The long, low sound of the conch shell announces the beginning of Yap Day, an annual holiday set aside to celebrate the unique culture of this remote island, one of the best-preserved in the entire Pacific region.
I was among those gathering together for the annual “mit-mit” hosted by a different village every year on or around March 1st.
During the weeks leading up to the event, there was talk among my friends about the intense practice sessions they were involved in every evening for nearly a year to prepare for their village’s dance, or “churu.” Fines are levied if they miss a practice session. This is serious business.
All of the dances are a form of oral history that tells stories about ancient seafaring journeys, conquests, myths, and exploration in sitting dances, kneeling dances, standing dances, and stick dances.
Each is accompanied by a loud, often wailing, chant in a long-forgotten language by a line of solemn dancers wearing a traditional dress like multicolored hibiscus-grass skirts for the women and intricately wrapped loincloths called thu’us for the men, ornamental flower crowns called nunus, and leis called marmars.
Their bodies are covered with coconut oil and yellow turmeric powder that provides a golden sheen.
On the first day, I arrived around noon at the Living History Museum in the middle of the island’s only town, Colonia. I watched, while booths were being set up to sell local food, like breadfruit, pounded and wrapped and steamed in banana leaves, and sweet bread made with one of the more than three dozen varieties of bananas that grow on the island.
I saw jewelry made of coconut shells and the polished shell of sea turtles legally caught for food during certain times of the year; hand-carved household items like the tall cup made from a thick stalk of bamboo that I use to hold kitchen utensils; and hot sauce, dried lemongrass, and lemon powder all made from local ingredients.
My favorite is breadfruit chips, small rounds baked to crispness. And don’t forget to pick up a cold coconut with a straw poked through one of the “eyes.” The sweet water inside will keep you hydrated all day.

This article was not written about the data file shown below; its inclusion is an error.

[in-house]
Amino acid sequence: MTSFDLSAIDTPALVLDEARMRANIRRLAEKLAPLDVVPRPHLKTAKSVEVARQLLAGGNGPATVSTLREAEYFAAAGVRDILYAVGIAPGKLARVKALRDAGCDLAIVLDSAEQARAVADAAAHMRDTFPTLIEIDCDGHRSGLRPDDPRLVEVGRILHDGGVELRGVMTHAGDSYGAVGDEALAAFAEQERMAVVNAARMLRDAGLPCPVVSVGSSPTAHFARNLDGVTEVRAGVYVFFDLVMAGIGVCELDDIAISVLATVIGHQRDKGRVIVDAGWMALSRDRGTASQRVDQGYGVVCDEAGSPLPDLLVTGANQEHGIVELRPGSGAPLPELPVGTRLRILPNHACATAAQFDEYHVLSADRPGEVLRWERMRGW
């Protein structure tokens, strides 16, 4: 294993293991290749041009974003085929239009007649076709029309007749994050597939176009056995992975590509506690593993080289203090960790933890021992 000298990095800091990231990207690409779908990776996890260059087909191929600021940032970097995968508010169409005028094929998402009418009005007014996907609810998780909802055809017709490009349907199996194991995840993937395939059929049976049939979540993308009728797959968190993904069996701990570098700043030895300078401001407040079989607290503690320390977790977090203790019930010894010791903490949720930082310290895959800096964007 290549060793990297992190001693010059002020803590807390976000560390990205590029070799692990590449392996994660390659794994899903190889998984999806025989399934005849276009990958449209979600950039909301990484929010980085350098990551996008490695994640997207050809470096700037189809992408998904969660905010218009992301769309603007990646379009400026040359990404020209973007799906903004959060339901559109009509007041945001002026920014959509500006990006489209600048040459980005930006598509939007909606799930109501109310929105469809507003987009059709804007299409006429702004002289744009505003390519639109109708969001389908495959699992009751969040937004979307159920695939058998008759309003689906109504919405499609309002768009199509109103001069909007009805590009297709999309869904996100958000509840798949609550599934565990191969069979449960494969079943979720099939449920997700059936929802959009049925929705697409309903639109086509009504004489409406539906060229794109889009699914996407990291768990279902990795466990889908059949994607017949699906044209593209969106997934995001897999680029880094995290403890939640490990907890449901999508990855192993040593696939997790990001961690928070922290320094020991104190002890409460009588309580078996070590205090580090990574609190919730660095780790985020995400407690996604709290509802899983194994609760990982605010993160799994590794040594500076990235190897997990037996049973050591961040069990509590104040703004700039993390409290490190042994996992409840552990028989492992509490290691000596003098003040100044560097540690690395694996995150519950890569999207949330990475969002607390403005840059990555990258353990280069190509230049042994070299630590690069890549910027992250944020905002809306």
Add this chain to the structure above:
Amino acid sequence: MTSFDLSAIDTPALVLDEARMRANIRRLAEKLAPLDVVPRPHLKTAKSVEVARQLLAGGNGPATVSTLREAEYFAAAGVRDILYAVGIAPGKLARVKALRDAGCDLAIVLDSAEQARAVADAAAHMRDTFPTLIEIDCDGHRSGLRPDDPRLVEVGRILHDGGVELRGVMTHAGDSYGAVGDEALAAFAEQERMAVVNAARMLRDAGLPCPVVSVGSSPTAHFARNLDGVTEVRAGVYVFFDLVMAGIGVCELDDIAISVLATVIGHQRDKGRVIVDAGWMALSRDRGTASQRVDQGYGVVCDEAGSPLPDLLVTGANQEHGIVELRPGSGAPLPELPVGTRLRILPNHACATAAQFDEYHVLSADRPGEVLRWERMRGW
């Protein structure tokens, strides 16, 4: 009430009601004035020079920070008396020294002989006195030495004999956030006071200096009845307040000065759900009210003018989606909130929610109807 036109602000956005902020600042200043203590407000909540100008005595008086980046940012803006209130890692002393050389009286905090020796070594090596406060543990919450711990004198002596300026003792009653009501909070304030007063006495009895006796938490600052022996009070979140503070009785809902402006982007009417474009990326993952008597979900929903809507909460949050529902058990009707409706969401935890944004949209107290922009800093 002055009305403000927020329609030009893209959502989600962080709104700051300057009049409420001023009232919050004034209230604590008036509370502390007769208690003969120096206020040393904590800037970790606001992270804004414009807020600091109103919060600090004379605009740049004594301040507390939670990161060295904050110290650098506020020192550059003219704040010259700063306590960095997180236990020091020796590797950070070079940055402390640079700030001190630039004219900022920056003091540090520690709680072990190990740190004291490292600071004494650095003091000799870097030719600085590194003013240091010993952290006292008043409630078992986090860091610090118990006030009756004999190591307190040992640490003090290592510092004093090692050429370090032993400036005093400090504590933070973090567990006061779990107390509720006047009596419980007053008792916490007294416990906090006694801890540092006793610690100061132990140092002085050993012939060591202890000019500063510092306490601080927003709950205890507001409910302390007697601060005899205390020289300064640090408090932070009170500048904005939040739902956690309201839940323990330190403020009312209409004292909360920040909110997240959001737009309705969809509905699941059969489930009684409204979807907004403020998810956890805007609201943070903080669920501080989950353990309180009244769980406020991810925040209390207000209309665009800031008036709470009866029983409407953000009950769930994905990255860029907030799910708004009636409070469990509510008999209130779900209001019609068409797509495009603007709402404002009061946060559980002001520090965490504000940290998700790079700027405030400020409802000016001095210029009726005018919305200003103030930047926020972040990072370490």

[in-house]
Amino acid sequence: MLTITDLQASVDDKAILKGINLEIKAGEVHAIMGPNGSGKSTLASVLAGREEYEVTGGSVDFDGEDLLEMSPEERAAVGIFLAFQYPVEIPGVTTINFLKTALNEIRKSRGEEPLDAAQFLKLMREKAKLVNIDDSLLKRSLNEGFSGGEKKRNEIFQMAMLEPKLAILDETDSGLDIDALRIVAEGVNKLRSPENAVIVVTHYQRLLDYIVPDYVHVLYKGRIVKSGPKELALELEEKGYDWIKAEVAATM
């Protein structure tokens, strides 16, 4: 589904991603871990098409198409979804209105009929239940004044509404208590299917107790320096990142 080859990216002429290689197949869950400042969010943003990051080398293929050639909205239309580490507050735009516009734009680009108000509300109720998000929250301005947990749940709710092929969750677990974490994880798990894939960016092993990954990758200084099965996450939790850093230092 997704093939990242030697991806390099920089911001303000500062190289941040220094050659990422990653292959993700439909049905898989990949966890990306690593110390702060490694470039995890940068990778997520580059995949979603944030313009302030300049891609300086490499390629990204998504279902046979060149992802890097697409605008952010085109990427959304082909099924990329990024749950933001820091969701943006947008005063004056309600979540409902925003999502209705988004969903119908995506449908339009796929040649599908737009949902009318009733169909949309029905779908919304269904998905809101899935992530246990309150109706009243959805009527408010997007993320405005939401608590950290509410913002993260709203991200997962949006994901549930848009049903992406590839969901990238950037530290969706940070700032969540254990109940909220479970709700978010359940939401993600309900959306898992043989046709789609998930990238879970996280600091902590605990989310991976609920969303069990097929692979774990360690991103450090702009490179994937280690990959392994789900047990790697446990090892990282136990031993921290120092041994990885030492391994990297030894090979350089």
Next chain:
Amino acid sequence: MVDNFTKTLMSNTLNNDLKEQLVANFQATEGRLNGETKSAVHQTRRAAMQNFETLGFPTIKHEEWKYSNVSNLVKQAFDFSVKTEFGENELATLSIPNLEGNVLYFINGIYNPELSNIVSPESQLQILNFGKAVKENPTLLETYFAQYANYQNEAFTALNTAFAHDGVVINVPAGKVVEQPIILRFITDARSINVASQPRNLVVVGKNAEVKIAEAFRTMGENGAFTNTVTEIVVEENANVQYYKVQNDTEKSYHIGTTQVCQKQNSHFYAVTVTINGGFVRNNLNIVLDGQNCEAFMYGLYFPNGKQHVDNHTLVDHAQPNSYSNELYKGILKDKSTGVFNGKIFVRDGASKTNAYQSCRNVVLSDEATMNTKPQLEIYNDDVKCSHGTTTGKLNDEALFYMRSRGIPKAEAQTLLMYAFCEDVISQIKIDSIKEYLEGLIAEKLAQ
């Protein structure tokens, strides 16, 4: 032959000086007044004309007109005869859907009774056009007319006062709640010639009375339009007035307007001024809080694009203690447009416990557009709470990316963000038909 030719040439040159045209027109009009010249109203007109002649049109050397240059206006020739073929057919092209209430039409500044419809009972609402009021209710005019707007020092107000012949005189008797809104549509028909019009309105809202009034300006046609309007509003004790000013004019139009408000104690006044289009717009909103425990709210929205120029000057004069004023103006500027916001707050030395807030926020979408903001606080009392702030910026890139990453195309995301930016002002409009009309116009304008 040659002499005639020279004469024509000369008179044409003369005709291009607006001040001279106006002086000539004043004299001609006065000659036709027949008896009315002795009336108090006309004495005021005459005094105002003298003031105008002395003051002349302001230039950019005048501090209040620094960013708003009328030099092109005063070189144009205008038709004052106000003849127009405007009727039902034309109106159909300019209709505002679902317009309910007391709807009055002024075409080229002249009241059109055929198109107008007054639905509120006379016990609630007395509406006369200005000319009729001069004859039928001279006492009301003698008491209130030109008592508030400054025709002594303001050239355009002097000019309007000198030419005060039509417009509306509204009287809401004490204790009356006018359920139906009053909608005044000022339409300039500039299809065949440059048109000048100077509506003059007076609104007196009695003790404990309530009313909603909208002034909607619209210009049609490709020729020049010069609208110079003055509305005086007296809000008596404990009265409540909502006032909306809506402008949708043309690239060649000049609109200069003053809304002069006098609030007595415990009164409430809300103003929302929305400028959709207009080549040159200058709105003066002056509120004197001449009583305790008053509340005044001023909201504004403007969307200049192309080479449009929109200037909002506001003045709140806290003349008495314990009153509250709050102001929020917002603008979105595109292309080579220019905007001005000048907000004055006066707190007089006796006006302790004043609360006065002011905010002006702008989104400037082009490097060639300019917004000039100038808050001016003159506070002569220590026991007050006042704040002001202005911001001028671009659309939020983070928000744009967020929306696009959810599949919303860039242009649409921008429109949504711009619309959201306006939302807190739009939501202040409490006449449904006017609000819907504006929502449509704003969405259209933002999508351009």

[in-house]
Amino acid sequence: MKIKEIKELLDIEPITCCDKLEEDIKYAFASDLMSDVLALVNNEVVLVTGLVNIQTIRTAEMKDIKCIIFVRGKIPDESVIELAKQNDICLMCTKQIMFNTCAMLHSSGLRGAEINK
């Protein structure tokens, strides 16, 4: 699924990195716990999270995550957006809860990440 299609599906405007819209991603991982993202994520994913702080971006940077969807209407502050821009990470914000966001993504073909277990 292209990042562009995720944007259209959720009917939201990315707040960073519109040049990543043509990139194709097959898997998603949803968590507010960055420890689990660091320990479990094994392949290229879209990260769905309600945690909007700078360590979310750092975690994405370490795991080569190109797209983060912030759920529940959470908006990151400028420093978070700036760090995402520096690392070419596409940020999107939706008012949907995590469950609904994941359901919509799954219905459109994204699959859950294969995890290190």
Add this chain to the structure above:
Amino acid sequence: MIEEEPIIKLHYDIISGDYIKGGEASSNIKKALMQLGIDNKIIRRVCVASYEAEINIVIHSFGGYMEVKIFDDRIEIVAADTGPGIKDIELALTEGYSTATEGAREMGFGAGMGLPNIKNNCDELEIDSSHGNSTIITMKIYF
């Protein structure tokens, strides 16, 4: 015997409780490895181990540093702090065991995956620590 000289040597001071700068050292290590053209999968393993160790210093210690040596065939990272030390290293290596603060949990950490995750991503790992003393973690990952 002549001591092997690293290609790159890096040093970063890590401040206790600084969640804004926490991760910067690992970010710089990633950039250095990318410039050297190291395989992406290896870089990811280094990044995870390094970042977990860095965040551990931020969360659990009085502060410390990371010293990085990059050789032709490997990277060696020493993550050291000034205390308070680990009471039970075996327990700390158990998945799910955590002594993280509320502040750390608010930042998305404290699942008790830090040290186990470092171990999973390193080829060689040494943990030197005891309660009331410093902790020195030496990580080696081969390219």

Day one is devoted to the opening ceremony with the police doing color guard duty, the governor and other officials giving speeches, and a teenage girl leading everyone in singing the national anthem.
I found a seat on the raised stone platform covered with stone backrests to watch the first dance that’s performed at the end of the day against the backdrop of the museum’s traditional structures made without nails of mahogany, coconut rope, and dried palm fronds.
One of the most memorable Yap Days for me was held in the northern municipality of Gagil, the site of one of the island’s most beautiful traditional community houses and stone money banks. My camera got a workout that day.
The day’s activities included the ceremonial stone money carry recognizing the seafarers who traveled 250 miles across the ocean to Palau by canoe centuries ago to quarry and bring back the massive rounds used as currency known as stone money.
Next was the entrance of four men, each carrying an item of cultural importance including a large betel nut pounder, shell money, and other forms of valuable currency.
In between the dances, I wandered around to view traditional skill demonstrations that were also on display with one man making a fish trap of twine and twigs, women weaving baskets of dried palm fronds, and others making nunus.
Another man offered tuba, the fizzy drink made of fermented coconut water. Baskets of watermelon, passion fruit, small bananas, lemons, and other locally grown fruits were set out.
One of the highlights of the day was the races – the men’s betelnut tree climb and the women’s combination foot race and basket-weaving challenge -- accompanied by lots of laughter and loud encouragement from the sidelines.
A tug of war between men and women and villages was overflowing with high spirits. (The women won, by the way.)
The third day focused on traditional navigation, canoe carving, and sailing the mahogany and bamboo vessels with visitors invited to take a ride. Nearby a man was carving up a fresh tuna caught that morning for sushi.
By the end of the third day, everyone was tired and I was no exception. But my photos continue to remind me of those unique cultural celebrations and my good fortune to be among the few outsiders who have attended them.
Although visitors to the island are welcomed, Yap Day is not staged for tourists, it is by-Yapese-for-Yapese and therefore one of the most authentic celebrations in the world.
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